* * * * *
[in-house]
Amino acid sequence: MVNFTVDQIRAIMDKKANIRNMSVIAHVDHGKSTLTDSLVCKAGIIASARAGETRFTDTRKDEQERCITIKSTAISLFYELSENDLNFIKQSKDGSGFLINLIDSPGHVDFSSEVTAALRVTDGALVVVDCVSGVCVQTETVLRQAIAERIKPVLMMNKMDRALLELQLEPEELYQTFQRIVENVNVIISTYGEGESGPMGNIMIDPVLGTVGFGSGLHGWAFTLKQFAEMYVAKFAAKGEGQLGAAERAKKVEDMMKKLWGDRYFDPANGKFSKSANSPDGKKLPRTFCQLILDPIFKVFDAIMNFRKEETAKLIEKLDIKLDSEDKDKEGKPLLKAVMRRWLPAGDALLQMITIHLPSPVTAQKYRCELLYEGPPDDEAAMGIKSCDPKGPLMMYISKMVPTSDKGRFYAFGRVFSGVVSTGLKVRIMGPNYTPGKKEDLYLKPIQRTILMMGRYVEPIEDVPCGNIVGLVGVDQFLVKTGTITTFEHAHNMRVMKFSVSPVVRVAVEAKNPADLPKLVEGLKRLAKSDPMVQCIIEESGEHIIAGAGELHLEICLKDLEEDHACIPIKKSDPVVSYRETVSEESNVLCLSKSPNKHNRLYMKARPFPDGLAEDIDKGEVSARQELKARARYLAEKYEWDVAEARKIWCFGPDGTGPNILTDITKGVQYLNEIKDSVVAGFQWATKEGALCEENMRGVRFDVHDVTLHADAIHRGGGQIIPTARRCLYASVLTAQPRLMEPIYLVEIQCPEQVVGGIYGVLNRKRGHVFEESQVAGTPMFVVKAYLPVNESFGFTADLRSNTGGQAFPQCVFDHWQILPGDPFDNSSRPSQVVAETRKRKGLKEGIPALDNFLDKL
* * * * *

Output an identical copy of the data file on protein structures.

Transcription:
[in-house]
Amino acid sequence: MVNFTVDQIRAIMDKKANIRNMSVIAHVDHGKSTLTDSLVCKAGIIASARAGETRFTDTRKDEQERCITIKSTAISLFYELSENDLNFIKQSKDGSGFLINLIDSPGHVDFSSEVTAALRVTDGALVVVDCVSGVCVQTETVLRQAIAERIKPVLMMNKMDRALLELQLEPEELYQTFQRIVENVNVIISTYGEGESGPMGNIMIDPVLGTVGFGSGLHGWAFTLKQFAEMYVAKFAAKGEGQLGAAERAKKVEDMMKKLWGDRYFDPANGKFSKSANSPDGKKLPRTFCQLILDPIFKVFDAIMNFRKEETAKLIEKLDIKLDSEDKDKEGKPLLKAVMRRWLPAGDALLQMITIHLPSPVTAQKYRCELLYEGPPDDEAAMGIKSCDPKGPLMMYISKMVPTSDKGRFYAFGRVFSGVVSTGLKVRIMGPNYTPGKKEDLYLKPIQRTILMMGRYVEPIEDVPCGNIVGLVGVDQFLVKTGTITTFEHAHNMRVMKFSVSPVVRVAVEAKNPADLPKLVEGLKRLAKSDPMVQCIIEESGEHIIAGAGELHLEICLKDLEEDHACIPIKKSDPVVSYRETVSEESNVLCLSKSPNKHNRLYMKARPFPDGLAEDIDKGEVSARQELKARARYLAEKYEWDVAEARKIWCFGPDGTGPNILTDITKGVQYLNEIKDSVVAGFQWATKEGALCEENMRGVRFDVHDVTLHADAIHRGGGQIIPTARRCLYASVLTAQPRLMEPIYLVEIQCPEQVVGGIYGVLNRKRGHVFEESQVAGTPMFVVKAYLPVNESFGFTADLRSNTGGQAFPQCVFDHWQILPGDPFDNSSRPSQVVAETRKRKGLKEGIPALDNFLDKL